create-guten-block hides all this configuration away in an optimized package that we call
cgb-scripts. This package is the only dependency in your projects. We keep
cgb-scripts up to date while you go ahead and create the next best WordPress themes and plugins.
“I’ve heard from several people that they’ve consolidated their companies tool dependencies into a single package and this worked really well for them.” — @Dan_Abramov
So, that’s what I dreamt about for the next couple of months. How do I solve this problem for the WordPress community, eh?
After building WPGulp and Gutenberg Boilerplate and lot of other open source software that thousands of developers are using — I started receiving lots of feedback on how it’s limiting in its architecture which is complex — and by the way, these boilerplates went stale quite a few times.
I knew this was not right.
Developers told me that they built Gutenberg blocks with ES5 because the amount of time required to configure, set up, and learn tools like Babel, Webpack, ESLint, Prettier, etc. wasn’t worth it. And I was like whaaaat?!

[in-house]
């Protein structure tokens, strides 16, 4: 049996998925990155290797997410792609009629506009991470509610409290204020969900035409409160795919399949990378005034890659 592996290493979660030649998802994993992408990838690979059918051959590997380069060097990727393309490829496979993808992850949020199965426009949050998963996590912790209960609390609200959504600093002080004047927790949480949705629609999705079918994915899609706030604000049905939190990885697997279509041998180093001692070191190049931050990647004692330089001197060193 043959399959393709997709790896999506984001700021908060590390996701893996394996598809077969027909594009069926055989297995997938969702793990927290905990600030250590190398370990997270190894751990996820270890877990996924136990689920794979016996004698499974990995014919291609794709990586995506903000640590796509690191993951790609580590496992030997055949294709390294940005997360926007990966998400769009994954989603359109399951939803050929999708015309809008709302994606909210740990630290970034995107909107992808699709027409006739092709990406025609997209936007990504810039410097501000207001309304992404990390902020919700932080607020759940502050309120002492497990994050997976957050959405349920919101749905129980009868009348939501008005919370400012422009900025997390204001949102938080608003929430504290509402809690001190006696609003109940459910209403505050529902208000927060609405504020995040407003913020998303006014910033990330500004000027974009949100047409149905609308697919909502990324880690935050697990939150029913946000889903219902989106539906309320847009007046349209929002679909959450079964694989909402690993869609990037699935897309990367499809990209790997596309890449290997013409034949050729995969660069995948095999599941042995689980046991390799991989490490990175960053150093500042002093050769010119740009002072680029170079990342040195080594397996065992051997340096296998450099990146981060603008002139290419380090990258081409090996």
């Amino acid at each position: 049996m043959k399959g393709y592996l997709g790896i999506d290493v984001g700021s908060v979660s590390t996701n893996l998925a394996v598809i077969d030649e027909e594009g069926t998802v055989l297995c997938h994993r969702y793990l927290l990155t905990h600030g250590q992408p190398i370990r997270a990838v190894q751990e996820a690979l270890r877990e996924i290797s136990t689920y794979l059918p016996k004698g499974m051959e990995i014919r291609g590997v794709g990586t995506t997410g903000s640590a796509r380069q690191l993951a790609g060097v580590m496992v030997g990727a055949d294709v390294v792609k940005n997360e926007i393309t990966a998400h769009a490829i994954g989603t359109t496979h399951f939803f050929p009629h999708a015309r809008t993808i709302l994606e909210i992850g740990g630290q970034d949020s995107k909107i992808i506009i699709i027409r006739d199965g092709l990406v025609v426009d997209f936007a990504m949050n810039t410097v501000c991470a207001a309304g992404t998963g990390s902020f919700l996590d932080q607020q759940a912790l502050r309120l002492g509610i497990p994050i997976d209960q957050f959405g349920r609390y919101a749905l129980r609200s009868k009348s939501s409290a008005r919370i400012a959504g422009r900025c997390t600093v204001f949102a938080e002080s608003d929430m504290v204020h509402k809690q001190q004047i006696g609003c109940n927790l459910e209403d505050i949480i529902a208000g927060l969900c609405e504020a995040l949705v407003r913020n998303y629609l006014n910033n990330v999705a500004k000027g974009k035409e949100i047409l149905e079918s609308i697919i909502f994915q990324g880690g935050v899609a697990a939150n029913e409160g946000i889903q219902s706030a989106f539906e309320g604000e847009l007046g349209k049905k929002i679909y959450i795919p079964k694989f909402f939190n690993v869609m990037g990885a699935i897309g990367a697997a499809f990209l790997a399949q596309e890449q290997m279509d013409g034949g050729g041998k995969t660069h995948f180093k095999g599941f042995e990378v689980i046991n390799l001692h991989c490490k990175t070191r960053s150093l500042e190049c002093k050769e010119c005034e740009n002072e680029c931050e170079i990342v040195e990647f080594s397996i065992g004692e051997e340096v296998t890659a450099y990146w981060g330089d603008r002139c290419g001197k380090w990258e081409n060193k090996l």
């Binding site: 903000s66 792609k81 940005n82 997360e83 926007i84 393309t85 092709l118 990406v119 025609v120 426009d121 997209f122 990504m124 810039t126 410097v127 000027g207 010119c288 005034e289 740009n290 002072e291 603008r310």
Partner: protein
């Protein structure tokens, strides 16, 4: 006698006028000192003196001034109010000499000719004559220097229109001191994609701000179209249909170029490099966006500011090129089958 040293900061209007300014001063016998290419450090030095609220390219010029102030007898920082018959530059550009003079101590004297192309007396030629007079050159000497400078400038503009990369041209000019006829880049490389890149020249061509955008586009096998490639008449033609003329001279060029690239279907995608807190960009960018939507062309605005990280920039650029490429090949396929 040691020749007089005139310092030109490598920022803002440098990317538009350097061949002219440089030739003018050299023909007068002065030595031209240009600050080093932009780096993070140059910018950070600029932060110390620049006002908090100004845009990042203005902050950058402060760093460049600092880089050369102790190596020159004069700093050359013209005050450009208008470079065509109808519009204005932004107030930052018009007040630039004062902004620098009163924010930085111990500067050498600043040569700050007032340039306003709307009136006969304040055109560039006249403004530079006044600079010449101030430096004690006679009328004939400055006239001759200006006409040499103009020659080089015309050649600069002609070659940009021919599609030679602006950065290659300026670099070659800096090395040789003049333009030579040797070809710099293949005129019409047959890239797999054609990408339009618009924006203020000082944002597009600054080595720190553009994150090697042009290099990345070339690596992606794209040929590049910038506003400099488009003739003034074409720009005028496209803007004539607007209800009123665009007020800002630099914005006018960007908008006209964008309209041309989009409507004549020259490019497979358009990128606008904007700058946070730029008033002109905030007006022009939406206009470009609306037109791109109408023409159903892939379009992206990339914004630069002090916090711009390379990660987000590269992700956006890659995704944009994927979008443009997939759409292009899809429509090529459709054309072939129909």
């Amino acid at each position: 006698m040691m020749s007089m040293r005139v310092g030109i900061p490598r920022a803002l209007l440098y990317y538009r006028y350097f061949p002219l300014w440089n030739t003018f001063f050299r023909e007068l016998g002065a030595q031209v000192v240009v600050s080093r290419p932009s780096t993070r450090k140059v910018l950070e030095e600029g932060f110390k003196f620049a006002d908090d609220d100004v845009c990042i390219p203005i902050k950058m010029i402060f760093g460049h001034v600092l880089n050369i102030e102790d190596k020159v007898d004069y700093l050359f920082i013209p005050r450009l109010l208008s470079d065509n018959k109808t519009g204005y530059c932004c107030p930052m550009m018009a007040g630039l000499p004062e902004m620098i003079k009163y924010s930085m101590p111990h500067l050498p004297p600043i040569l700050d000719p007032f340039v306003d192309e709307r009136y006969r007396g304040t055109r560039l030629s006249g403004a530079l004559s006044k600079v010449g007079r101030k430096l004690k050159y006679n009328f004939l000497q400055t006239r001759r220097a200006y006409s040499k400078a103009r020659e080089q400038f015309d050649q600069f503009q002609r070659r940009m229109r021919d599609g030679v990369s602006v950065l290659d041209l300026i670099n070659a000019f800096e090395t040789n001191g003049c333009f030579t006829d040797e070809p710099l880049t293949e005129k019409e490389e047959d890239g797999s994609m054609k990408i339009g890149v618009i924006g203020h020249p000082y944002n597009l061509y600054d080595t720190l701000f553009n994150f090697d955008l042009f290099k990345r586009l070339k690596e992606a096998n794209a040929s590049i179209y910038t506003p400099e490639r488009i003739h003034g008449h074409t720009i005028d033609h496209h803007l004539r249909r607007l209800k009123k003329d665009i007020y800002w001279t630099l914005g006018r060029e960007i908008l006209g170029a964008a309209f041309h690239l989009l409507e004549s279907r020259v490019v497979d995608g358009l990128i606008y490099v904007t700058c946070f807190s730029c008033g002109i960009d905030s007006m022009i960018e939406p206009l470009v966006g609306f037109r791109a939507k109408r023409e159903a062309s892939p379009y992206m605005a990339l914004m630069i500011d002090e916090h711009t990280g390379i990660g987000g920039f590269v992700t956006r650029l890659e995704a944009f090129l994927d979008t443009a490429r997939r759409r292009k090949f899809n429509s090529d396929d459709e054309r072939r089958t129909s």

So, yes! I went ahead and built a solution — a zero-config-js #0CJS WordPress developers’ toolkit called
create-guten-block! Enough talk, let’s stop it right here and actually explore the toolkit.
It’s really easy to get started with
create-guten-block. Just install it as a global module and run it to create your next-gen Gutenberg block plugin for WordPress.
OK! OK! Let’s get you started!
→ STEP #0
If you don’t have
npm installed then read this step, otherwise jump to the Step #1 below.
In case you are an absolute beginner to the world of
npm packages — all you need to do is go to the Node’s site download + install Node on your system. This will install both